Jimmy Carruthers

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Jimmy Carruthers
Jimmy Carruthers 1953.jpg
Carruthers after defending World Bantamweight title against Gualt on 13 November 1953
Statistics
Real name James William Carruthers
Rated at Bantamweight
Height 5'6
Reach 67"
Nationality Australia Australian
Born 5 July 1929
Paddington, New South Wales
Died 15 August 1990
Sydney, New South Wales
Stance Southpaw
Boxing record
Total fights 25
Wins 21
Wins by KO 13
Losses 4
Draws 0
No contests 0

James "Jimmy" William Carruthers (5 July 1929 – 15 August 1990) was an Australian boxer, who became world champion in the bantamweight division.

Jimmy was the 2009 Inductee for the Australian National Boxing Hall of Fame Veterans catergory.

Amateur career[edit]

Carruthers's boxing career started as an Australian representative at the 1948 Summer Olympics in London. In his first-round match of the bantamweight competition, he fought Fred Daigle of Canada and won on points. He defeated Arnoldo Parés of Argentina in his second match. However, he had sustained an eye injury during his bout with Parés, and had to withdraw from the quarter-final match with the eventual gold medalist Tibor Csík of Hungary.[1]

Professional career[edit]

Carruthers joined the professional ranks in 1950, and was an immediate success. By then, he was being managed by Dr. Jim McGirr, and trained by "Silent" Bill McConnell.

He won the Australian Bantamweight title in 1951 and then the British Commonwealth and Bantamweight Championship of the World the following year.[2] Carruthers became Australia's first universally recognised boxing World Champion.[1] Great Australians of the past—including Young Griffo, Mick King, and Les Darcy—had all won world titles, but they had not received international acceptance at the time of winning their respective crowns. After defending his newly-won World bantamweight title against Vic Toweel in Johannesburg, and then against the American Henry "Pappy" Gault in Sydney, it was found that Carruthers was carrying a 30-foot-long tapeworm.[3]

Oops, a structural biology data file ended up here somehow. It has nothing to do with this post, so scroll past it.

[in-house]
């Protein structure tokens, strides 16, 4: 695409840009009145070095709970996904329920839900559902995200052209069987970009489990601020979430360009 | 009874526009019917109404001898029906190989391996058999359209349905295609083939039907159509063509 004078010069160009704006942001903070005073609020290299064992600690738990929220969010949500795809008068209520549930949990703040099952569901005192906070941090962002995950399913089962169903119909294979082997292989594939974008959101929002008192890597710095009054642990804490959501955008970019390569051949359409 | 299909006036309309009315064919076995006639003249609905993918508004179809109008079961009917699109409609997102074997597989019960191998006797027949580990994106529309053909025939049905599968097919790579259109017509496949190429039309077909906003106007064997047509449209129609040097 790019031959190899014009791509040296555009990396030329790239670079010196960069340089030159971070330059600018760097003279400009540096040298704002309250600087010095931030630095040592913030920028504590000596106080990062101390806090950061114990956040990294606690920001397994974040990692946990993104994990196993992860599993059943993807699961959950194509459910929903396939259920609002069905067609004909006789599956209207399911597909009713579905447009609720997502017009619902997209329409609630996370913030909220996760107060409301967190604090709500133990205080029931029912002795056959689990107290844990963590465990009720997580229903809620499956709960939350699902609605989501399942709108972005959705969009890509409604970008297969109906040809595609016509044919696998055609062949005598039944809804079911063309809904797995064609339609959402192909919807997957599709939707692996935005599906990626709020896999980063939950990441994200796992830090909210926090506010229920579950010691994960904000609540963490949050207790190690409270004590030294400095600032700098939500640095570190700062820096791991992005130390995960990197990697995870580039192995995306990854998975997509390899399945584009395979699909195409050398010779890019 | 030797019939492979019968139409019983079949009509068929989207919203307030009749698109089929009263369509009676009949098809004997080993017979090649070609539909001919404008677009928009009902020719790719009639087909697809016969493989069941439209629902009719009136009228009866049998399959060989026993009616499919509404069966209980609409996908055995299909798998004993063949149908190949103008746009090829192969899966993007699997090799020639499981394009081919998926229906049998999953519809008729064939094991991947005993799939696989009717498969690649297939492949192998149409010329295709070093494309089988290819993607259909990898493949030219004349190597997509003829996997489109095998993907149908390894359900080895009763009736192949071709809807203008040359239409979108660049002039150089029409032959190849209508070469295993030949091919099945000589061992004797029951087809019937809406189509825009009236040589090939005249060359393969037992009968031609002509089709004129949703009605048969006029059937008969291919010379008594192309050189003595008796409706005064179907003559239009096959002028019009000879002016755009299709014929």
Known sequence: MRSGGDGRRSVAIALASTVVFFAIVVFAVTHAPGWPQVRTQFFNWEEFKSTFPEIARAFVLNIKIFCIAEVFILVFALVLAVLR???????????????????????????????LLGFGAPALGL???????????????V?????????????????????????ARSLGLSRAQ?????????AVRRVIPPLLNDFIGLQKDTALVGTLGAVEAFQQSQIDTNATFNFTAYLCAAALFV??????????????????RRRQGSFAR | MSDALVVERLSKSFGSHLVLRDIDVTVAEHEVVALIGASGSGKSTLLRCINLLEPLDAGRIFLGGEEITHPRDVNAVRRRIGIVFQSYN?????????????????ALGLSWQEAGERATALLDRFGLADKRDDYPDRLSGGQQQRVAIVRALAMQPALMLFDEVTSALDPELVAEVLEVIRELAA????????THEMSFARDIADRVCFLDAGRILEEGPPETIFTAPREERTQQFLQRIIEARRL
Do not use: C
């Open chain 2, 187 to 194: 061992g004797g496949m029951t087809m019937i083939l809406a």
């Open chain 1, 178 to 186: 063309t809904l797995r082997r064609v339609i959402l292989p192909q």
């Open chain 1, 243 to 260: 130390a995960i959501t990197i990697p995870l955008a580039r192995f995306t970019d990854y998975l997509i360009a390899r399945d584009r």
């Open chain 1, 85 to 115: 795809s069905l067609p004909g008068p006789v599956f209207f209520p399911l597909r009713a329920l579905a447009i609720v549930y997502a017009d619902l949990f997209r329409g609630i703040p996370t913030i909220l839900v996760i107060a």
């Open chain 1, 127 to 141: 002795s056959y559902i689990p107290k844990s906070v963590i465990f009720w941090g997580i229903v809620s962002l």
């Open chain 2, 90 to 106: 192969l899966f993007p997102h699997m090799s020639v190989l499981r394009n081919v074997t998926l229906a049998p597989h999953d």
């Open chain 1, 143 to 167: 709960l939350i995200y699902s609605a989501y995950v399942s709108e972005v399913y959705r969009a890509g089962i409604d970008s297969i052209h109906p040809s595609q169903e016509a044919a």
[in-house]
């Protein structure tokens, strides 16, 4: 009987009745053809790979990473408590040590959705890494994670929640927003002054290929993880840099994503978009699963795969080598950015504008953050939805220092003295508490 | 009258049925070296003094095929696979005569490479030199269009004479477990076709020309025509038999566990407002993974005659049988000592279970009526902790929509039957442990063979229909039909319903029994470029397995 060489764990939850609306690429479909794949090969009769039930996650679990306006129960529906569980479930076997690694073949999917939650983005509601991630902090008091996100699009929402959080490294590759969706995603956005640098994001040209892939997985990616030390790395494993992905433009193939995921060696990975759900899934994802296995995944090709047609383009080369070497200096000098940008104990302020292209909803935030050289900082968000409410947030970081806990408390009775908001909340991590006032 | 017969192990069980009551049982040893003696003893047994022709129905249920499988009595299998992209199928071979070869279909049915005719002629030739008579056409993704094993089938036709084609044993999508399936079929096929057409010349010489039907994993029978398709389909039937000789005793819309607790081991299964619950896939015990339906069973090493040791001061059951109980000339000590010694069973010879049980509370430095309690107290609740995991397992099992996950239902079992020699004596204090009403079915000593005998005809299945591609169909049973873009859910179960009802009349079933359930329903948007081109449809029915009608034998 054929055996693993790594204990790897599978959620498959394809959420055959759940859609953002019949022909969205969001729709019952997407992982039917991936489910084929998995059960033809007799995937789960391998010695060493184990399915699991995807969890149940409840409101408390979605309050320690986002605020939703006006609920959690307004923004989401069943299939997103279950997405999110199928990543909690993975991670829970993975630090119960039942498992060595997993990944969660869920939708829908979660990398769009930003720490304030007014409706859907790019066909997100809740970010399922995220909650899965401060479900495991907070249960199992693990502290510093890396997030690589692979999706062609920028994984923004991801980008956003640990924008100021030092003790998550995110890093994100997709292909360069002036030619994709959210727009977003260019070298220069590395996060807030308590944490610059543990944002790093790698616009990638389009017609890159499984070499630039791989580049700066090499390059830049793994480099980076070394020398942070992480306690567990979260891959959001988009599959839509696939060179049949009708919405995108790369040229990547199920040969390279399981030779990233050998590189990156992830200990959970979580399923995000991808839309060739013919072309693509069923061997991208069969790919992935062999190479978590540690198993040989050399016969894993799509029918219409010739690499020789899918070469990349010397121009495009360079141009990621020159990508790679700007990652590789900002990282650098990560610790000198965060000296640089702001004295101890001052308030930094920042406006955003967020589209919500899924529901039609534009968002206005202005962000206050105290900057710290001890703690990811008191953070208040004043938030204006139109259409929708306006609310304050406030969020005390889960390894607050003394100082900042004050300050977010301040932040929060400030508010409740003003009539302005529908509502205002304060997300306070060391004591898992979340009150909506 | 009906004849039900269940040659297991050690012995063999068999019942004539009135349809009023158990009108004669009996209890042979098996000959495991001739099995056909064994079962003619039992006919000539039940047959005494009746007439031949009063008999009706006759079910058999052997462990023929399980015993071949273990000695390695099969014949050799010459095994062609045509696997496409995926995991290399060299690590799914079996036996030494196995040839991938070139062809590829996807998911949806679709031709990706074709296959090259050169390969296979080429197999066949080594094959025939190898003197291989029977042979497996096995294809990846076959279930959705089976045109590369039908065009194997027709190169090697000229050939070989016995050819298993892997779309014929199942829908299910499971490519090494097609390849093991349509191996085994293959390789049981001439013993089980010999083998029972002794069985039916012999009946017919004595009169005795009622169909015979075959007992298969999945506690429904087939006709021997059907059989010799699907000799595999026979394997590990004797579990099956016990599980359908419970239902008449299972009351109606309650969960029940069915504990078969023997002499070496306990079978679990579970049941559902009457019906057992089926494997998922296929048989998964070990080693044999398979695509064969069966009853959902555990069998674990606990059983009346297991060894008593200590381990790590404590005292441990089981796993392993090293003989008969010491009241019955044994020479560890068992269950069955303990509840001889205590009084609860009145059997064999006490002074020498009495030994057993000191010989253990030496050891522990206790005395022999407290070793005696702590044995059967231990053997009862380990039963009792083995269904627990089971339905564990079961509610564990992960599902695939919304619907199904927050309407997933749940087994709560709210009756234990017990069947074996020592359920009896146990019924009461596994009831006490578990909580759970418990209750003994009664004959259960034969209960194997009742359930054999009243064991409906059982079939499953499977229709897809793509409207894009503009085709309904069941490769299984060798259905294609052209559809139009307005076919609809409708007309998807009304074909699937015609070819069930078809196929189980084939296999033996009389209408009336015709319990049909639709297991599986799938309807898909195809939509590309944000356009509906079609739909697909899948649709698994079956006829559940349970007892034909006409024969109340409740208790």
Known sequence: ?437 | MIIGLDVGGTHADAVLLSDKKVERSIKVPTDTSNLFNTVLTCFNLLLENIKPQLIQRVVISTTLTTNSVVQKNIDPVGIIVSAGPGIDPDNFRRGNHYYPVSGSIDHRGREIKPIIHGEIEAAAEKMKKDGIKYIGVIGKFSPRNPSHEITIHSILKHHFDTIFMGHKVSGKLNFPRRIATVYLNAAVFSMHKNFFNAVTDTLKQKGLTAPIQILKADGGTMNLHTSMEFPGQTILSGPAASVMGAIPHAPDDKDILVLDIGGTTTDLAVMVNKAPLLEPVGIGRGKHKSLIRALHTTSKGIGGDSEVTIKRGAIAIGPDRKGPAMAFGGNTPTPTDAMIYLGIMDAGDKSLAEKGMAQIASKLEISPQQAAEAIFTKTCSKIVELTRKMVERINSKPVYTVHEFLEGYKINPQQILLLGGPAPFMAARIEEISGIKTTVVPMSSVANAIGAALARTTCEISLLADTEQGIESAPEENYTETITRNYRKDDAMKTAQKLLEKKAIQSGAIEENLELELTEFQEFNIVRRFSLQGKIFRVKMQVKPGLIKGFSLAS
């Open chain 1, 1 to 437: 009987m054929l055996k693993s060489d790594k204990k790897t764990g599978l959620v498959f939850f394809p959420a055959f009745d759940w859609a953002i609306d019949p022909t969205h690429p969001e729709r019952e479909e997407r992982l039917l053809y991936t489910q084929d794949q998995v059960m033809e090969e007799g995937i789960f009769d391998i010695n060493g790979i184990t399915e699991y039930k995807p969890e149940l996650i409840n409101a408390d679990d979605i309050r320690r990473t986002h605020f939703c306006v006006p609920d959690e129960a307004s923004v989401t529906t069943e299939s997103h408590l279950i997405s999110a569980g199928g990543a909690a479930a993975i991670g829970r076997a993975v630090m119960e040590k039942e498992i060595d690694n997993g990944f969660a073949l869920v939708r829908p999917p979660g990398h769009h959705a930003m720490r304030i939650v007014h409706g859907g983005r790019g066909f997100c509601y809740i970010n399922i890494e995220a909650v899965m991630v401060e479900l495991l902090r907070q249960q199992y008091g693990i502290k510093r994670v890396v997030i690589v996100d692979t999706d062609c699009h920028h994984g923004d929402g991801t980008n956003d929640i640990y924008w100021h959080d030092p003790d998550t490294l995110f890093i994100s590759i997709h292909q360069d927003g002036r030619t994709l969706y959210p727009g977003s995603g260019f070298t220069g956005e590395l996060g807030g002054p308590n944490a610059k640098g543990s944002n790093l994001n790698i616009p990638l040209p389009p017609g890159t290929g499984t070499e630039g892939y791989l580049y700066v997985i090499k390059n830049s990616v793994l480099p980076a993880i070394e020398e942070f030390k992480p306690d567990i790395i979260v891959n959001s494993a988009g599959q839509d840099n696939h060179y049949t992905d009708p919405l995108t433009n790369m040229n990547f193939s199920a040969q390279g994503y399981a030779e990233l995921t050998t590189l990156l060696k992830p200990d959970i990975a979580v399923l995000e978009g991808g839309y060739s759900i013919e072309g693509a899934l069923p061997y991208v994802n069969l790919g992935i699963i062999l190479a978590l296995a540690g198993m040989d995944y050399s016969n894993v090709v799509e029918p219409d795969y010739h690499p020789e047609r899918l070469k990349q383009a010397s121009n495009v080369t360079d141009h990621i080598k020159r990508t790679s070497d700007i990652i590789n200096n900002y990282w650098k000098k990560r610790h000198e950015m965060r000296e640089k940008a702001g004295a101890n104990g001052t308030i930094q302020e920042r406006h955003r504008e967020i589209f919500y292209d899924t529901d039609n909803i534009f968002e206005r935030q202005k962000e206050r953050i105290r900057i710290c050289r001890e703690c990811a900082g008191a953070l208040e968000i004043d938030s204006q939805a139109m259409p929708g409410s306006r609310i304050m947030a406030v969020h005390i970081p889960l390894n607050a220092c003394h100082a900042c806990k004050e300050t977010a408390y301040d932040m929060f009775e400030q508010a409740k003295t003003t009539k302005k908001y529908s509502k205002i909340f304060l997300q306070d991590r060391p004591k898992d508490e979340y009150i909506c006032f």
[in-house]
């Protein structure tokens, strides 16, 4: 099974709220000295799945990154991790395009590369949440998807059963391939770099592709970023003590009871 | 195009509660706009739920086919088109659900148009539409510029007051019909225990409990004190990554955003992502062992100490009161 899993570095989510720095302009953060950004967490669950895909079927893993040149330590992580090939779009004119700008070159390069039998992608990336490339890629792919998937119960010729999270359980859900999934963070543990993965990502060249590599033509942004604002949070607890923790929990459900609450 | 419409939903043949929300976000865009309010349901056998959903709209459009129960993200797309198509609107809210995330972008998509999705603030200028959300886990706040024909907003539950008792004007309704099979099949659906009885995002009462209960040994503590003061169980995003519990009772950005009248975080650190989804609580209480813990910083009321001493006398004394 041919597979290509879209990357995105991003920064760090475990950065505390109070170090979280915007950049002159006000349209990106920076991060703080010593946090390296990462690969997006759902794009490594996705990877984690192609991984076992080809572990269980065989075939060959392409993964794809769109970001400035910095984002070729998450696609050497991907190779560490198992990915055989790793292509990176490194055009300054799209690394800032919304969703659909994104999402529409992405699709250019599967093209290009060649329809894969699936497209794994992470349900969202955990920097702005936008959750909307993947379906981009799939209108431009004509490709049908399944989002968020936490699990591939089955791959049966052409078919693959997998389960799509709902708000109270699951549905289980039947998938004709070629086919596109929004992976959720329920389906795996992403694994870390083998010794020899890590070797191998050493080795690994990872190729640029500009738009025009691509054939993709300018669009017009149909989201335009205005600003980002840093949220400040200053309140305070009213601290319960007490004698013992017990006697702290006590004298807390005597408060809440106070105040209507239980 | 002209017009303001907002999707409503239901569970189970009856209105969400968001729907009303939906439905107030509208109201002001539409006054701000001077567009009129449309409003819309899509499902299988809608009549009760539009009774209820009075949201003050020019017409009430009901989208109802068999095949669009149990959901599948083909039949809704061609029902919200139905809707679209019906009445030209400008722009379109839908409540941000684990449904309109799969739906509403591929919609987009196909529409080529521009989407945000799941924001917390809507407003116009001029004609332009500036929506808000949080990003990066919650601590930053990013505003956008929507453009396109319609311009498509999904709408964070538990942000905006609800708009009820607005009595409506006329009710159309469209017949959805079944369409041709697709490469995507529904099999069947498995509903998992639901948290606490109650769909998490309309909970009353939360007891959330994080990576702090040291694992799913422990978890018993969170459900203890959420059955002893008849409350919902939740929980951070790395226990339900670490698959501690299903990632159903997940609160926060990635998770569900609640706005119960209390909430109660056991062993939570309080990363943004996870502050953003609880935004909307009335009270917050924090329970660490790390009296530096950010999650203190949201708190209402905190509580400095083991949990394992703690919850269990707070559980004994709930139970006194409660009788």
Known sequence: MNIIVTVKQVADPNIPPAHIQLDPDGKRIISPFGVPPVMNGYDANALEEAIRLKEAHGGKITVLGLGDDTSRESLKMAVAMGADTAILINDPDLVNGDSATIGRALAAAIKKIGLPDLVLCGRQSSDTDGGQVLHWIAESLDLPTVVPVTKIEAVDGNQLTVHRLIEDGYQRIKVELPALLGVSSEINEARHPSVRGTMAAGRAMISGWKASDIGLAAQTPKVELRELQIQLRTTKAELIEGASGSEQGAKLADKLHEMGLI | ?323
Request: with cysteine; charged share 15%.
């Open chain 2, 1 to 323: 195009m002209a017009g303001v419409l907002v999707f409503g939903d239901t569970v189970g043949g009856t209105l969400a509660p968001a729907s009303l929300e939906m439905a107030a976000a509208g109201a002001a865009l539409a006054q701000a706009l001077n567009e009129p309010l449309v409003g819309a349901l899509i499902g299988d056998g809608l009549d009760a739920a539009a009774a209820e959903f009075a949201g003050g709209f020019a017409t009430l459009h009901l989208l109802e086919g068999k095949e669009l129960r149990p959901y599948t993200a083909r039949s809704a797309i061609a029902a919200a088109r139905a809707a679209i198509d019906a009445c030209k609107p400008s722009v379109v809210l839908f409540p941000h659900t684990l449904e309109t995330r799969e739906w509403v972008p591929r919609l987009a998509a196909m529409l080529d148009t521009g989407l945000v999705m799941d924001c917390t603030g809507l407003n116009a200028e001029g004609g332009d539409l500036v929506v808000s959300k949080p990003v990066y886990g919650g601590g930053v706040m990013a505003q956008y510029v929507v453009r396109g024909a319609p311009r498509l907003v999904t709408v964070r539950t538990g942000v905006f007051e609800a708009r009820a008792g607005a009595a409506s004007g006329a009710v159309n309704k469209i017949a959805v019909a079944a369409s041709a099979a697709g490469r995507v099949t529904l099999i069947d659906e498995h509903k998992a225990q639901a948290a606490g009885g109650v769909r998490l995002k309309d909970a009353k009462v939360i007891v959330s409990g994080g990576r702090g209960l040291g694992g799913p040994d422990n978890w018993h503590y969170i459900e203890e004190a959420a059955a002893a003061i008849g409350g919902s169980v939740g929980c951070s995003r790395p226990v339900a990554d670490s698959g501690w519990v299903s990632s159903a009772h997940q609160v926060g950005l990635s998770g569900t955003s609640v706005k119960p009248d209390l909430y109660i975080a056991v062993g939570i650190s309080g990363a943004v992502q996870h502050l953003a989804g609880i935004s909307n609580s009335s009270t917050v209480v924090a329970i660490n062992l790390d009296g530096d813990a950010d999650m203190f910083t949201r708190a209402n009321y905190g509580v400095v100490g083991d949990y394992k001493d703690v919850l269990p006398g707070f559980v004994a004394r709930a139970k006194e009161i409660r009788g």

He was matched for a world title bout against the New Zealand Bantamweight Champion Lyn Philp.[4] For unclear reasons the fight never went ahead.

After a non-title bout in Sydney, and a further title defence against Chamroen Songkitrat in Bangkok, Carruthers retired on 16 May 1954. Among the fighters he defeated were Vic Toweel (twice); Pappy Gault; Bobby Sinn and Chamroen Songkitrat. He made a brief comeback in Melbourne and Sydney in the early sixties in non-title fights, with his last fight in Wellington New Zealand in 1962 where he lost to Jimmy Cassidy.

Personal[edit]

Carruthers was married to Myra (née Hamilton) until his death and is survived by four children - Boyd, Ginna, Dimiette and Lukas. During the 1950s he owned the colourful Bells Hotel in Sydney's Woolloomooloo. After that he had a number of businesses, including several vegetarian takeaway and juice bars in Sydney.

In his last years Carruthers suffered from lung cancer and Parkinson's disease. He died on 15 August 1990.[3] In 1995 he was inducted into the World Boxing Hall of Fame.

See also[edit]

References[edit]

  1. ^ a b Jimmy Carruthers Archived 2015-10-01 at the Wayback Machine.. sports-reference.com
  2. ^ "Jimmy Carruthers - Lineal Bantamweight Champion". The Cyber Boxing Zone Encyclopedia. 
  3. ^ a b "Carruthers, James William (Jimmy) (1929–1990)". Australian Dictionary of Biography. Retrieved 8 March 2012. 
  4. ^ "The Mercury Newspaper". Thursday, January 15, 1953. 

External links[edit]

Achievements
Preceded by
Vic Toweel
World Bantamweight Champion
15 November 1952 - 2 May 1954
Succeeded by
Robert Cohen